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Early July 2017 Hypoxia Report

photo by by Krystle Chick

Dissolved oxygen conditions in Maryland’s portion of the Chesapeake Bay mainstem were much better than average for early July, reports the Maryland Department of Natural Resources.

The hypoxic water volume (areas with less than 2 mg/l oxygen) was 0.78 cubic miles, which is much smaller than the early July 1985-2016 average of 1.3 cubic miles. No anoxic zones (areas with less than 0.2 mg/l oxygen) were detected. Crabs, fish, oysters and other creatures require oxygen to survive with levels above 5 mg/l considered optimal to support aquatic health.

The better-than-average conditions could be partially attributed to sustained westerly winds during the sampling period, which mixed oxygen deeper into the water column in the main bay channel. The winds, however, pushed surface waters eastward, allowing lower dissolved oxygen bottom waters to percolate toward the surface on the western side of the lower bay.

Charts: Dissolved Oxygen Volume, Dissolved Oxygen Conditions, Percentage of Water in Mainstem Bay

(click to enlarge charts)

Winds and rough water conditions prevented station CB5.3, a center bay channel station near the Maryland and Virginia state line, and the lower Potomac station LE2.3 from being sampled. It should be noted that the absence of data from these stations could produce lower than average estimates of hypoxia.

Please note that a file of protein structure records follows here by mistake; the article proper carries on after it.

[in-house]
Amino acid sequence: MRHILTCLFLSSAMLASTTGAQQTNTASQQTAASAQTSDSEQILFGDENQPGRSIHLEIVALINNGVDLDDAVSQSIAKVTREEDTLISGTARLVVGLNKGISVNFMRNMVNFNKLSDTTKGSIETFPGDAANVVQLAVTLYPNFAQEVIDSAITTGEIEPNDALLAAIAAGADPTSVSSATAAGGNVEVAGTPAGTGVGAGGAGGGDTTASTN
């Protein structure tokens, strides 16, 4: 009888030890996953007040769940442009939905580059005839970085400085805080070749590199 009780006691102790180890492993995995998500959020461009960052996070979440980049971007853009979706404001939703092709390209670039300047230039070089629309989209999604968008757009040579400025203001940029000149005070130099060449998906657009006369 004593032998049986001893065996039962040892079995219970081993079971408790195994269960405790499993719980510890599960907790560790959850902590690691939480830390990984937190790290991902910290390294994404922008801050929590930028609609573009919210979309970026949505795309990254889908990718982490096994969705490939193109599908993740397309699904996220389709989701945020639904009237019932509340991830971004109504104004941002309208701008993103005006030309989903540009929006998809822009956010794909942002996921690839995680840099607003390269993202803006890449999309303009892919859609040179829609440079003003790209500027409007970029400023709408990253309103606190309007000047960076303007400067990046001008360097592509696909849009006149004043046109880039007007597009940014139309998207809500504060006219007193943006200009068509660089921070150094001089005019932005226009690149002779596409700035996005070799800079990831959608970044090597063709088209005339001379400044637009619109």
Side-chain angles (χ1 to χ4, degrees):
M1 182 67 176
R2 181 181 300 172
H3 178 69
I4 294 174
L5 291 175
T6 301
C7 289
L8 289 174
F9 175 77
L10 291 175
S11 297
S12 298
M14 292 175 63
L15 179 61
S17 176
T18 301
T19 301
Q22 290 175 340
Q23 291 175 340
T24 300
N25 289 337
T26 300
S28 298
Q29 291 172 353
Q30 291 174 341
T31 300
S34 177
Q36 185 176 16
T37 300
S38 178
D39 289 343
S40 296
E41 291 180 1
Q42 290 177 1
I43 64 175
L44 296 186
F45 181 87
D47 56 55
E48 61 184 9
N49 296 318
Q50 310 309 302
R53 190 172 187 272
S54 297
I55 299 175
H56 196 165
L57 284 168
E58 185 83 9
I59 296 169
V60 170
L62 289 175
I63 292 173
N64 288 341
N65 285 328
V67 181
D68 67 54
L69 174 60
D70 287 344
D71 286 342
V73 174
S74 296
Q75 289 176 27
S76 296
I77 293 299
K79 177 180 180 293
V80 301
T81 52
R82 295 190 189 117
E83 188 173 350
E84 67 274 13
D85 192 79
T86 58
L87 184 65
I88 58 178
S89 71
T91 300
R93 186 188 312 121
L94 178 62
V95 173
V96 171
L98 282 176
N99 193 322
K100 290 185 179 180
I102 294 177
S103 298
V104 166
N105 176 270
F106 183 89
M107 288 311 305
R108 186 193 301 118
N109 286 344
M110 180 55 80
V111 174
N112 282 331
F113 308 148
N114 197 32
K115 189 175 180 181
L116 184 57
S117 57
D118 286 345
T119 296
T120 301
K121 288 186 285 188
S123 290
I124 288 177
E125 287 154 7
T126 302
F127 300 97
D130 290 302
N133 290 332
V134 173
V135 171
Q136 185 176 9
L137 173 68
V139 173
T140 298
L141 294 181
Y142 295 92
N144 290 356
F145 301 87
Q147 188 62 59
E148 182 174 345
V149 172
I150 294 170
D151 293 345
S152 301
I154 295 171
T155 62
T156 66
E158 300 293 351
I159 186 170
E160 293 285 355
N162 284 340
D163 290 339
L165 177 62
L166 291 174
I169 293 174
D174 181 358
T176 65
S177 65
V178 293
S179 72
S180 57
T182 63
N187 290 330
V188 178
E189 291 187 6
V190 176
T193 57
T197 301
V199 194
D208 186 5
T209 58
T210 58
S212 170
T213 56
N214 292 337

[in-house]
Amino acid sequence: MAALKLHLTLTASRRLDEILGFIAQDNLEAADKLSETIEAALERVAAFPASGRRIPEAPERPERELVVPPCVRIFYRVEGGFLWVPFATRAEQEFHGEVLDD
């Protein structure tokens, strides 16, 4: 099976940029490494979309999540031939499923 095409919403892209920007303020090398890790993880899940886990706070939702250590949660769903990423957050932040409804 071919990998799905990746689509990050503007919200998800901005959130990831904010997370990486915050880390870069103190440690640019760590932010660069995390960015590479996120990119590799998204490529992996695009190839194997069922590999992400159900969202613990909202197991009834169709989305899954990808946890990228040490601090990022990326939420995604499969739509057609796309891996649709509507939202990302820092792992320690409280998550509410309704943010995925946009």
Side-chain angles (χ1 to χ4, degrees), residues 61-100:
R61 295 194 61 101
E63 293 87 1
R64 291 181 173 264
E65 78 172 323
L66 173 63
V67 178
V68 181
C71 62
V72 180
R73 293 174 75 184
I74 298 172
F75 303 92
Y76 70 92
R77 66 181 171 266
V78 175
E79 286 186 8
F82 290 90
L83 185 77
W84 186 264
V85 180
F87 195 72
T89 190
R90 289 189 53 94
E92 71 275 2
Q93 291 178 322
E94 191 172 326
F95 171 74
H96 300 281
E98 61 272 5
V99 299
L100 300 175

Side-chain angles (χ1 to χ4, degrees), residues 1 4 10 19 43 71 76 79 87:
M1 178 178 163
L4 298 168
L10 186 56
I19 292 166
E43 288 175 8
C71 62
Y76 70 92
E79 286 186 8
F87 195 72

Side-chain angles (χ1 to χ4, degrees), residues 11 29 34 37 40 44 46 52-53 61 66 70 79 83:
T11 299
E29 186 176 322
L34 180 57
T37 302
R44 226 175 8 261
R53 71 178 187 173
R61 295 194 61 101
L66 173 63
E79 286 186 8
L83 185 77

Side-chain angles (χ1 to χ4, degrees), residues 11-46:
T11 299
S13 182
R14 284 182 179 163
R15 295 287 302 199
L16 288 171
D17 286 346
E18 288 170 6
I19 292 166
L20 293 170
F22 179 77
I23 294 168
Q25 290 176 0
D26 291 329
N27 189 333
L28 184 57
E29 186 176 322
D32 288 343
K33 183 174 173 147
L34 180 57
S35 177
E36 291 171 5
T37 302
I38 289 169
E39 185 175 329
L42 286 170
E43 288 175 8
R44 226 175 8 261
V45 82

In the lower center bay, habitat improved with non-hypoxic conditions stretching from the surface down to about 33 feet deep, an improvement from a late June result of 25 feet. More on fishing and fish habitat conditions can be found on the new “Click before you Cast” webpage.

In the beginning of June, the National Oceanic and Atmospheric Administration, U.S. Geological Survey, University of Maryland Center for Environmental Science and University of Michigan scientists predicted a slightly larger than average hypoxic volume for the bay due to higher spring flows (January-May) and nitrogen loading from the Susquehanna River.

Scientists and natural resource managers study the volume and duration of bay hypoxia to determine possible impacts to bay life. Each year (June-September), the Maryland Department of Natural Resources computes these volumes from data collected by Maryland and Virginia monitoring teams. Data collection is funded by these states and the Environmental Protection Agency’s Chesapeake Bay Program. Monitoring and reporting will continue through the summer.

More information on Maryland’s Chesapeake Bay water quality monitoring program and results can be found here.